Black discomfort with soul food also has more pernicious roots. After the Civil War, media campaigns to disenfranchise Blacks ridiculed their cuisine. “Food was a very effective way of conveying that Black people are bestial or childlike. That’s when you start to see the proliferation of the watermelon and the fried chicken and even, to some extent, the barbecue stereotypes,” Miller says. “It’s so powerful that even to this day I know African Americans who are reluctant to eat fried chicken or watermelon with white people around.” With so many Black people distancing themselves from soul food, a space was created for white chefs to be celebrated for it and to profit.
Though often featured on the menus of soul food restaurants, barbecue is its own tradition, with a separate history and set of influences that Miller documents in Black Smoke. And that history is long, with Black people learning the art from enslaved Native Americans during the slave trade’s transition to West Africans. But today, while most Americans agree that barbecue is pork, beef and chicken slow cooking in smoke at low temperatures until fragrant and tender, the consensus comes apart like a perfect brisket when they think of a barbecuer. This question—the kind of person most Americans picture, and why—Miller also explores in his new book. The seed for the project was planted in 2004, when he watched Paula’s Southern BBQ, a TV special hosted by Paula Deen, the celebrity chef since accused of taking credit for the recipes of Black chef Dora Charles, then in her employ. “I was stunned that not one single African American had been interviewed on camera,” Miller writes. Whereas once “even racist whites failed to pass up barbecue made by an African American,” he adds, few people now recognize barbecue’s provenance.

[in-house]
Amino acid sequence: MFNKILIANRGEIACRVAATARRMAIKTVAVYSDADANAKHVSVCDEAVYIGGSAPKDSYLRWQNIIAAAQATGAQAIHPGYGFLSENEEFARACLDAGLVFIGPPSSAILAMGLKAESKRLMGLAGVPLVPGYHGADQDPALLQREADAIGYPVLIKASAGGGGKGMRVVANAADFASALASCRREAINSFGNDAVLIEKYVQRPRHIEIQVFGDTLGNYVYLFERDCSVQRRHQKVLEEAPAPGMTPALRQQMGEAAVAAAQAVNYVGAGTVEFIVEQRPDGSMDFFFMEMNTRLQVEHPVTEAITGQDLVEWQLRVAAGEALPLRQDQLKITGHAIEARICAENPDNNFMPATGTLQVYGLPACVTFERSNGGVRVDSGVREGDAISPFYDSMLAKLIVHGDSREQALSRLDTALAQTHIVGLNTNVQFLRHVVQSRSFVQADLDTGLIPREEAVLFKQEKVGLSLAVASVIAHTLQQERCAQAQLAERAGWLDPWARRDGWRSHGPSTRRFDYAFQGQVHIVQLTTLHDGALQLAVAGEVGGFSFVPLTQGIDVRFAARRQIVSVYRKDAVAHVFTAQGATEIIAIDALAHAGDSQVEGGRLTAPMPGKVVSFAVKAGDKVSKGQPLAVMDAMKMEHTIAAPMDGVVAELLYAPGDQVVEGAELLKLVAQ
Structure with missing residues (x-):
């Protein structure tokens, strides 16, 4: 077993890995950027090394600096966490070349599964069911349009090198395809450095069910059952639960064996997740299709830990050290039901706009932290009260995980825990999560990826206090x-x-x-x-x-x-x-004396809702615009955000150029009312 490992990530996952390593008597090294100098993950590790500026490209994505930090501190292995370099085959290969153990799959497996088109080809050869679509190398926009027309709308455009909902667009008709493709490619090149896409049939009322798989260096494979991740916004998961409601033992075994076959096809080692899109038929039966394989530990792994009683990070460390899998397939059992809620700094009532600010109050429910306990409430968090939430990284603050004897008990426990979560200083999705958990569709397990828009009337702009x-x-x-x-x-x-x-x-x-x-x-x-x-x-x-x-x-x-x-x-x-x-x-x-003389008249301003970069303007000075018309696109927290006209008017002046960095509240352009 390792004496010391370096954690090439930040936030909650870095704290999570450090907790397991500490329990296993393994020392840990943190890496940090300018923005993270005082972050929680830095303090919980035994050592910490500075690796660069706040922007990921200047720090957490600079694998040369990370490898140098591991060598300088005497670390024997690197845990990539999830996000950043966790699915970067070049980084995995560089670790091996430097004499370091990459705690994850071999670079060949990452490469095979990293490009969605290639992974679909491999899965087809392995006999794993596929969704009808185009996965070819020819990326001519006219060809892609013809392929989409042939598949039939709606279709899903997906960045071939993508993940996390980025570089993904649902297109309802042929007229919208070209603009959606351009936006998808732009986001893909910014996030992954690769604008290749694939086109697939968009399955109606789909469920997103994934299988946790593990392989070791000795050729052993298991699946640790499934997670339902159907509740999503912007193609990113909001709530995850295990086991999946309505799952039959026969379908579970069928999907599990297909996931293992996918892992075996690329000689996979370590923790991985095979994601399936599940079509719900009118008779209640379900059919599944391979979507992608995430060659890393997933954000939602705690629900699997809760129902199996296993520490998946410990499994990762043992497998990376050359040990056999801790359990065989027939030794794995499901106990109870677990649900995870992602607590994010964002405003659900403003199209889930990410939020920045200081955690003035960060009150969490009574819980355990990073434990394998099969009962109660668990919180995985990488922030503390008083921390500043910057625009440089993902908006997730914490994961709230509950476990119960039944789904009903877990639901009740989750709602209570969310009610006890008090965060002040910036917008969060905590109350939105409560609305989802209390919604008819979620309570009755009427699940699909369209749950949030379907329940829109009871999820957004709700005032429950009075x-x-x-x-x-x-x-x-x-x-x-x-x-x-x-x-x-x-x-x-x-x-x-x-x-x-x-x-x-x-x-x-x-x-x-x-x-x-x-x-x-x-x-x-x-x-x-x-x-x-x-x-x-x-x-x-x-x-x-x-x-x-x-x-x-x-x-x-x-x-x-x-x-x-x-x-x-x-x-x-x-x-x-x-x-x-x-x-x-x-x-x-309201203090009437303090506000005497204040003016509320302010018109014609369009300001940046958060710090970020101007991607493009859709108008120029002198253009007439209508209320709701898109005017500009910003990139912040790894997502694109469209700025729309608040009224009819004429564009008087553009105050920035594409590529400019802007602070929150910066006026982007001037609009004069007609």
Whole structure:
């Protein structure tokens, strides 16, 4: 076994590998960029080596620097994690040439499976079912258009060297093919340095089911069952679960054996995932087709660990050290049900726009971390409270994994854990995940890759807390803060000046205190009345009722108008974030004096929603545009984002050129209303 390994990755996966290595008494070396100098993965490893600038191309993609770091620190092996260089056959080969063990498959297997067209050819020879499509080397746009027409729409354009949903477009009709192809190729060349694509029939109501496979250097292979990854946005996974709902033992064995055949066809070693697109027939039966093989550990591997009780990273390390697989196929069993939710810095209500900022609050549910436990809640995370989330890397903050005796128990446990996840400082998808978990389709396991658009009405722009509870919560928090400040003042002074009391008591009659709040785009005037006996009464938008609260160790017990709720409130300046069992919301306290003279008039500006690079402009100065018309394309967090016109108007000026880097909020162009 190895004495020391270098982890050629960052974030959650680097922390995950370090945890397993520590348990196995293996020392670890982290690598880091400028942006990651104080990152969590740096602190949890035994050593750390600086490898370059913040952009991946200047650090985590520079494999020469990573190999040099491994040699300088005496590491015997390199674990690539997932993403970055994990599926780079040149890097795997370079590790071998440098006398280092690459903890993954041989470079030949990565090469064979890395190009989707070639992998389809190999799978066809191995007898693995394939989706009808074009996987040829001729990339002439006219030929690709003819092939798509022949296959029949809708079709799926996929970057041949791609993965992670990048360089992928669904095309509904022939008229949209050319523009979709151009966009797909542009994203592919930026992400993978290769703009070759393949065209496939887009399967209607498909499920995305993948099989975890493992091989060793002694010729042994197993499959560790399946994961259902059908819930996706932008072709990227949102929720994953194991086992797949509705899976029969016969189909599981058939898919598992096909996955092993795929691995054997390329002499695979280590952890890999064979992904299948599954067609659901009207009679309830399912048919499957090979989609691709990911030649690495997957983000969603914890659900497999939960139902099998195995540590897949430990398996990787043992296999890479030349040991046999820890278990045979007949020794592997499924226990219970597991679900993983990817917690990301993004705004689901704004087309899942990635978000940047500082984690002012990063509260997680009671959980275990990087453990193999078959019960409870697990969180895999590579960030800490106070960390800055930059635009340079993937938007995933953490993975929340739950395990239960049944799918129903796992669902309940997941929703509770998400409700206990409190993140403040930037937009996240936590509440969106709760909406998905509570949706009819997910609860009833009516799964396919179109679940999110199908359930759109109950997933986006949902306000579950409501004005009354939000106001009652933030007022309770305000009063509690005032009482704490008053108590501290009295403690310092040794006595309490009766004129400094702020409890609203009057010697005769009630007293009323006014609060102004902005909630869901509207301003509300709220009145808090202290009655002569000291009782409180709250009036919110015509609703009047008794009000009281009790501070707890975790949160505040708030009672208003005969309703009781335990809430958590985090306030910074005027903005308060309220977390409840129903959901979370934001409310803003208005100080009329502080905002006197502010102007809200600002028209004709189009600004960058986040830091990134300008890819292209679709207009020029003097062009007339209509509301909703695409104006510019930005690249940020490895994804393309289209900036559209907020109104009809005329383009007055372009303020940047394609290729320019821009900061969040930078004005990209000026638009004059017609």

‘You can describe barbecue falling off the bone, but just don’t do it around me.’
This change began in the 1990s, with the rise of foodies and their interest in barbecue. Expensive competitions came into vogue, creating media darlings of four types of white barbecuers: the country bubba in overalls, the tattooed hipster with interesting facial hair, the haute cuisine chef, or a hybrid thereof. “For a long time, barbecue was just menial work with delicious results,” Miller says, “but now that it’s a craft, it’s something you have a lot of white dudes doing, and it’s celebrated.”